You are going to read a New Scientist article written by Nicola Jones. For each question, choose the answer which you think fits best according to the text.

Homer, the classical Greek poet who described the siege of Troy, had more than one identity. He is traditionally credited with the Iliad and the Odyssey, but scholars have been arguing over the poems’ authorship for more than 2000 years.

Now a new statistical analysis suggests that while the Iliad is from one author, the Odyssey had multiple authors. The study is based on techniques normally used to pick out patterns in DNA, says Edward Bush from the National Autonomous University of Mexico in Mexico City.

The debate over the poems’ authorship is notoriously tricky to untangle, since very little is known about Homer. The poems were created 2800 years ago and were written down around the time that writing was ärst used in Greece. The poems were originally passed on orally by reciting them, so no one knows how close the written forms are to the originals.

Both poems have the same basic structure, with each line consisting of six sections, known as “feet”. Each foot has two or three syllables—a long syllable followed by one or two short ones. The result sounds like a march.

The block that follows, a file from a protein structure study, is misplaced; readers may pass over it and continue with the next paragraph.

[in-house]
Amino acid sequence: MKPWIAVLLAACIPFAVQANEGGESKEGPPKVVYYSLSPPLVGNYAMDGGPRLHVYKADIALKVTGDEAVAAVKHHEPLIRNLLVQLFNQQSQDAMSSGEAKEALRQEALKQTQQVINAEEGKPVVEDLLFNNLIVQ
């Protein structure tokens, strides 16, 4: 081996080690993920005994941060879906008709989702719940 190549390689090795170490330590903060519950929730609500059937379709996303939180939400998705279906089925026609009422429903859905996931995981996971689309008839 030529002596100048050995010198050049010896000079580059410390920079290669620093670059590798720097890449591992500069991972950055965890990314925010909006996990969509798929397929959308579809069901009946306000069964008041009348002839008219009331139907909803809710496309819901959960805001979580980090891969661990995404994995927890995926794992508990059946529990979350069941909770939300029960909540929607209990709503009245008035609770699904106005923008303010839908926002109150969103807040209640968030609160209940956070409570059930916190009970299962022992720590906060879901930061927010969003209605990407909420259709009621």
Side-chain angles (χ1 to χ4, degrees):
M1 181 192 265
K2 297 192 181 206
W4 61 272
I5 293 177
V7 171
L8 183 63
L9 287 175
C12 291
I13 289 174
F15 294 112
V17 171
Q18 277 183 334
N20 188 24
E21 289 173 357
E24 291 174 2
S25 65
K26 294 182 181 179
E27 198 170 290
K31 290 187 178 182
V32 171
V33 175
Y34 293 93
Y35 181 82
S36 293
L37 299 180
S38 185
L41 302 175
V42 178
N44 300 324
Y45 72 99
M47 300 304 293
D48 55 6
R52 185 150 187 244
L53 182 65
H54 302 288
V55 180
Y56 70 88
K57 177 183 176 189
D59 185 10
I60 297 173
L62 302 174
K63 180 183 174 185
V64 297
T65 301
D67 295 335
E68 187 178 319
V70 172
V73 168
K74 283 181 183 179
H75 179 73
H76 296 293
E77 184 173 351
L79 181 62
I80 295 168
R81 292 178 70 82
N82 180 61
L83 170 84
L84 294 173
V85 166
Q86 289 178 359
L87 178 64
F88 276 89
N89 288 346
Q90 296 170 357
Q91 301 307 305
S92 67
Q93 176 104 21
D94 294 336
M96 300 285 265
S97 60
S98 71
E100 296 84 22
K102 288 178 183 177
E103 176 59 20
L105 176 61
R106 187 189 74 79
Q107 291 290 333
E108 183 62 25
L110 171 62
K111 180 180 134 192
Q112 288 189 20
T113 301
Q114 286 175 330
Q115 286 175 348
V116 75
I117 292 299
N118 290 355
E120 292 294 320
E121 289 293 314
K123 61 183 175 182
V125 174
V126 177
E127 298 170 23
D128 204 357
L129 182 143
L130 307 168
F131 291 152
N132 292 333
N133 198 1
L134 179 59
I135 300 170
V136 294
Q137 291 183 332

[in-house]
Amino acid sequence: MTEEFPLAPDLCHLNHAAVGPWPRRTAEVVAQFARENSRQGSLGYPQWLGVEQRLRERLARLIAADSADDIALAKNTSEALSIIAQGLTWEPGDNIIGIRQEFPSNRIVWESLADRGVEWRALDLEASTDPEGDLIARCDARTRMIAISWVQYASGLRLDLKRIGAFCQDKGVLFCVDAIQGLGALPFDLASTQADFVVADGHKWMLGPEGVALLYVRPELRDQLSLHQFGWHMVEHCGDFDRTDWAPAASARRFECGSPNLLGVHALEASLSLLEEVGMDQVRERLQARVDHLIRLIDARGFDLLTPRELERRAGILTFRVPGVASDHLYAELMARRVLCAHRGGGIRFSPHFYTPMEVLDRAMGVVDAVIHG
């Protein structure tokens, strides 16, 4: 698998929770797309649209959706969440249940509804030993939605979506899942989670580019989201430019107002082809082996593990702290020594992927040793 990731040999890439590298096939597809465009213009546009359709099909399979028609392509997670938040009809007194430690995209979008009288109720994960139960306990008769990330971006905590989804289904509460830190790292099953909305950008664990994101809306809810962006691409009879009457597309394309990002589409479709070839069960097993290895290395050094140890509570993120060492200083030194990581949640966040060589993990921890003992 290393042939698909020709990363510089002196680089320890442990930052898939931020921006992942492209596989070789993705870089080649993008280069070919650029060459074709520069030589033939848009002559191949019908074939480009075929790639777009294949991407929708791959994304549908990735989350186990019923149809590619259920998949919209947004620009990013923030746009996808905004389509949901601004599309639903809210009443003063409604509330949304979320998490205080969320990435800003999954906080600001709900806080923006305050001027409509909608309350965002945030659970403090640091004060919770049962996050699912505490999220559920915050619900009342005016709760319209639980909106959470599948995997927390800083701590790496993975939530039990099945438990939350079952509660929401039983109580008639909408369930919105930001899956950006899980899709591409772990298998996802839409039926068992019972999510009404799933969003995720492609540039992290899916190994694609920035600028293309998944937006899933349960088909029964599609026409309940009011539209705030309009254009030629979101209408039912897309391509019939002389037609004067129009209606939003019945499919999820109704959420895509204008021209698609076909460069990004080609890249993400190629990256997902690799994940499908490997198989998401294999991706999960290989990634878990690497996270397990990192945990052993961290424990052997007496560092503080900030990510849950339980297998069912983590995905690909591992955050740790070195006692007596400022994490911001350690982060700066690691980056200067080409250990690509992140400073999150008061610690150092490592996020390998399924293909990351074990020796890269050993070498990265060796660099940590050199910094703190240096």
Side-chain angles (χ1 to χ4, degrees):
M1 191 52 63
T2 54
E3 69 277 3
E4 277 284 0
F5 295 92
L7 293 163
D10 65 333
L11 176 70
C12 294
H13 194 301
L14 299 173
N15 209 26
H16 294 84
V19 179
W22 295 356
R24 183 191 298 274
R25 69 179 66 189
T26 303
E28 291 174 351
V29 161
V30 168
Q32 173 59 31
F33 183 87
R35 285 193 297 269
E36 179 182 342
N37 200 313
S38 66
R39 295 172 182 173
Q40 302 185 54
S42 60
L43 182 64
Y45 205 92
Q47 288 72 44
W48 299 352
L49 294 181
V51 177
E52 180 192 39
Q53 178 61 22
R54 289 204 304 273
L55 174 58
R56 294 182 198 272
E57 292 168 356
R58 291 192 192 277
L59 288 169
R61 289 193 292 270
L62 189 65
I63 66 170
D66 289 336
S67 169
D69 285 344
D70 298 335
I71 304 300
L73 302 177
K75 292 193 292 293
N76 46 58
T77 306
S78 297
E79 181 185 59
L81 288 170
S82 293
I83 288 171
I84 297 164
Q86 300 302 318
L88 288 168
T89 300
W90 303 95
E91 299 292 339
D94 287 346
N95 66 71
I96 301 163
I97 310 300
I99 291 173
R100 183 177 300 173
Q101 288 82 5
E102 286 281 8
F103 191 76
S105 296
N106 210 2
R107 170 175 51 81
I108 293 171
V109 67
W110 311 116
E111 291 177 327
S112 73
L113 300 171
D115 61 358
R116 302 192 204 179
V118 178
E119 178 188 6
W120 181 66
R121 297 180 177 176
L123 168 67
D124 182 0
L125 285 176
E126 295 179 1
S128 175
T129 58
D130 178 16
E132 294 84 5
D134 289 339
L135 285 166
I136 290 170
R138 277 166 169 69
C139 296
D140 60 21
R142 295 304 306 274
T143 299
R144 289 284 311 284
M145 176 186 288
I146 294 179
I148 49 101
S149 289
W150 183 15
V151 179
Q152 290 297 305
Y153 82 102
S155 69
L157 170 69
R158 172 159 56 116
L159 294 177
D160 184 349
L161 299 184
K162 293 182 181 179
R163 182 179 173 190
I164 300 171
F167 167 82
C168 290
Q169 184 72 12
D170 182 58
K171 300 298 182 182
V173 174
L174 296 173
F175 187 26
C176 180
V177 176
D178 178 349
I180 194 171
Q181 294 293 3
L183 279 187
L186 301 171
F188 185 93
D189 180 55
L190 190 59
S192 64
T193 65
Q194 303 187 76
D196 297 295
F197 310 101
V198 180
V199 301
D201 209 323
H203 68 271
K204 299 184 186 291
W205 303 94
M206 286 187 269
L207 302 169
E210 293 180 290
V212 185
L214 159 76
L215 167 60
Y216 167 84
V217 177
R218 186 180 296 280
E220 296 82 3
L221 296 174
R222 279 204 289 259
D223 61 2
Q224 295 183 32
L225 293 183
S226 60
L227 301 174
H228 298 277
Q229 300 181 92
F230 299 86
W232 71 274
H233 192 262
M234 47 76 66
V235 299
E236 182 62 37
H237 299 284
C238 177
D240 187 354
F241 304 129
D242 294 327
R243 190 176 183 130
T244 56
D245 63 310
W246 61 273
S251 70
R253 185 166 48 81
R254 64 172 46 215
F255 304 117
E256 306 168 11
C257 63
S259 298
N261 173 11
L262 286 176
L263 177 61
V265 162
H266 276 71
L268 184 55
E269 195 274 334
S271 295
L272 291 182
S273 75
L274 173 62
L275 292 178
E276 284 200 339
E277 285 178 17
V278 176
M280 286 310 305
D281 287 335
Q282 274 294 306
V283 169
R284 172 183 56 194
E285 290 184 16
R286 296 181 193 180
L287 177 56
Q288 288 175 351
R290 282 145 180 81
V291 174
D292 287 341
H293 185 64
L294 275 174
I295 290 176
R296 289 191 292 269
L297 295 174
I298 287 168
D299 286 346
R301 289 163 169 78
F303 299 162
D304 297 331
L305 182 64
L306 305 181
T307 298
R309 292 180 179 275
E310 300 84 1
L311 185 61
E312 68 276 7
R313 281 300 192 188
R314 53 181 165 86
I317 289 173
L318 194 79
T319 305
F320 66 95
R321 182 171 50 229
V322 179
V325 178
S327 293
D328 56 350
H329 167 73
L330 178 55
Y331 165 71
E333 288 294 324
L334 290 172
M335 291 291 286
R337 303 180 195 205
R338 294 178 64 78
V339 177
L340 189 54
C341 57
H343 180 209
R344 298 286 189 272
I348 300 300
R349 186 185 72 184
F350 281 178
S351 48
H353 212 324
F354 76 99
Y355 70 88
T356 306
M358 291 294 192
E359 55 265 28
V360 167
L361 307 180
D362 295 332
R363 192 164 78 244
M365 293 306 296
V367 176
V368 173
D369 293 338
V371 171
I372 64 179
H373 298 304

This rigid structure helped people remember the shockingly long epics—the Iliad runs to nearly 16,000 lines. But the poems don’t always follow the rules. Sometimes, two short syllables are replaced by one long one, for example, and sometimes a pause replaces a word. A single author would deviate from this basic pattern in a characteristic way.

Mathematician Ricardo Mansilla analysed Homer’s two poems along with two other Greek works and four Latin poems. First, he replaced long syllables with a 0, short syllables with a 1. And pauses with a 2. He then calculated the number of digits between the various combinations of numbers and created a series of graphs to study the different patterns. He had used this method before to look for patterns in DNA and financial markets.

In general, the two poems stick to the basic pattern. But Odyssey broke the rules far more frequently than the Iliad. “It’s very hard to believe that the same person wrote them,” says Mansilla. Indeed, the patterns in the Odyssey were far more like those found in the much later Latin poets because their poems were written down and not so often passed on orally.

The classicist Peter Gainsford, who researches the epics, says that there is more to poetry than just rhythm—content, for example. “The Odyssey has a lot more speeches in it. That could be after the style.”


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